I also did NOT cut the pocket line of the front leg—I cut them as if I would not be adding pockets.

Then I lengthened the back darts by 2” and redrew the dart legs so that the dart point would remain in the original location.


STEP 2: Transfer all lengthening to the fly, but do NOT lengthen the pocket bags, only grade them between sizes if needed.

Throughout this process, I was using all my thinky-brain power to make sure I got the pockets to line up properly with the grading and lengthening of the legs. I ended up cutting the pocket bags at the largest of my graded sizes and then overlaying it and tracing a new outline from the pants legs. And I decided not to make the pocket bags larger by lengthening them with the rise because they are already pretty large. In the end it was a good decision.


STEP 3: Draft new pocket openings and facings

I decided to rotate the pockets to a more horizontal position, while maintaining the pocket opening length (shown in purple). The length for my size was roughy 6.25”, so I used my metal ruler to position a line that was 6.25” and touched the side seam and waistline. I aimed for the pocket opening to touch the waistline kinda close to a belt loop position (even though I wasn’t planning to add the belt loops, I might on a future pair). Keep in mind that once seam allowance is accounted for, the line will actually sit approximately 5/8” lower, and be a little longer (and closer to the belt loop location).


Then I just folded the pattern pieces at the pocket lines (again, thinking of how I might reuse this pattern in the future in different ways, so I didn’t want to cut it).


Now to draft the pocket facings. This step took me a minute to wrap my brain around for some reason, but once I drafted the pieces, it was actually pretty straightforward. You need a roughly 2.5” wide facing for the pocket opening on the pants leg, and you need a facing for behind the pocket opening to be the pants material to hide the pocket bag. Both of these facings will be sewn to the pocket bag pieces.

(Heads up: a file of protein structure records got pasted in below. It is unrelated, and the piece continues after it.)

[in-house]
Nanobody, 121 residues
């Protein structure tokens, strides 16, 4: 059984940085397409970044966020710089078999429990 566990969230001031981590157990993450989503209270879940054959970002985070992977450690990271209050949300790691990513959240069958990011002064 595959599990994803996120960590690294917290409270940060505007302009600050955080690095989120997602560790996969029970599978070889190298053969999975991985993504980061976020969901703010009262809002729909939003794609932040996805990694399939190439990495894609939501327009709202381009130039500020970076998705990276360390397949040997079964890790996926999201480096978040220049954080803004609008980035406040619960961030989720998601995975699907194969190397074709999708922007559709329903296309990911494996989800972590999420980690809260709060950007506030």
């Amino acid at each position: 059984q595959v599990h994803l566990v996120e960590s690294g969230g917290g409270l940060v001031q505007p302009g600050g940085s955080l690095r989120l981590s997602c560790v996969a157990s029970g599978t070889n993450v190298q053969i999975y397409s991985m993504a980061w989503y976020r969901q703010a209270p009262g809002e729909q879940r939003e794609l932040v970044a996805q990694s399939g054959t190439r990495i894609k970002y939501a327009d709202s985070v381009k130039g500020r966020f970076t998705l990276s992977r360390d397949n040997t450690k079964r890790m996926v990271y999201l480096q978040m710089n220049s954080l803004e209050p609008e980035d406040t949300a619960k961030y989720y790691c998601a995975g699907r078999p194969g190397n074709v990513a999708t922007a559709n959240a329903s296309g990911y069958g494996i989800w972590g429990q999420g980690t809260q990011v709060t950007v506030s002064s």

I traced the outline of the back pocket bag piece, then overlayed the front pocket bag to trace the new slant pocket opening. Then I duplicated that piece and traced a wide arc beneath the slant opening, making sure to extend the curve about 2.5” past the slant line on the waistline and the side seam. The finished pieces looked like this (in blue):


And here’s how the facings (in black plaid) attach to the pocket bags (blue striped fabric):


Once you have all the pieces lengthened and cut, you are all set! Just follow the pattern instructions as you normally would to complete the pants construction.

I’m super happy with how these pants turned out! The fabric is heavy weight and slightly stretchy, so i feel like it holds me in while letting me move! The pattern fit nearly perfectly on the first basted fit. And I could probably take it in just a little more on the side seams for an extra snug fit, but I wanted to wait to see how the fabric stretch after a few wears.

Sasha Trousers with an old RTW turtleneck that I’ve had for more than 10 years!

Sasha Trousers with an old RTW turtleneck that I’ve had for more than 10 years!

Hand-painted Animal Print on Thrifted Suede Shoes

Animal print is SO in right now. Wait, was it ever really out? I have to be honest, I used to shy away from animal print. But these days, I’ve been embracing it in small-yet-gradually-increasing doses. Maybe I’m reaching an age where it just feels right. And I especially love abstracted animal prints!


Over the weekend, I popped into my local thrift store after a breakfast outing at our fave spot. Apparently, someone or someones had unloaded a large amount of really nice, barely worn shoes that were at or close to my shoe size. I squeezed my foot into many pair that didn’t quite fit, but managed to snag 4 pair in my size that perfectly filled a few holes in my shoe collection. All together, it only cost me $27, and this brown pair of loafers came in at a whopping $3.50! AND! I’d been planning a trip to the shoe store this same weekend to shop for loafers to go with my new Sasha Trousers. So I think it was fate…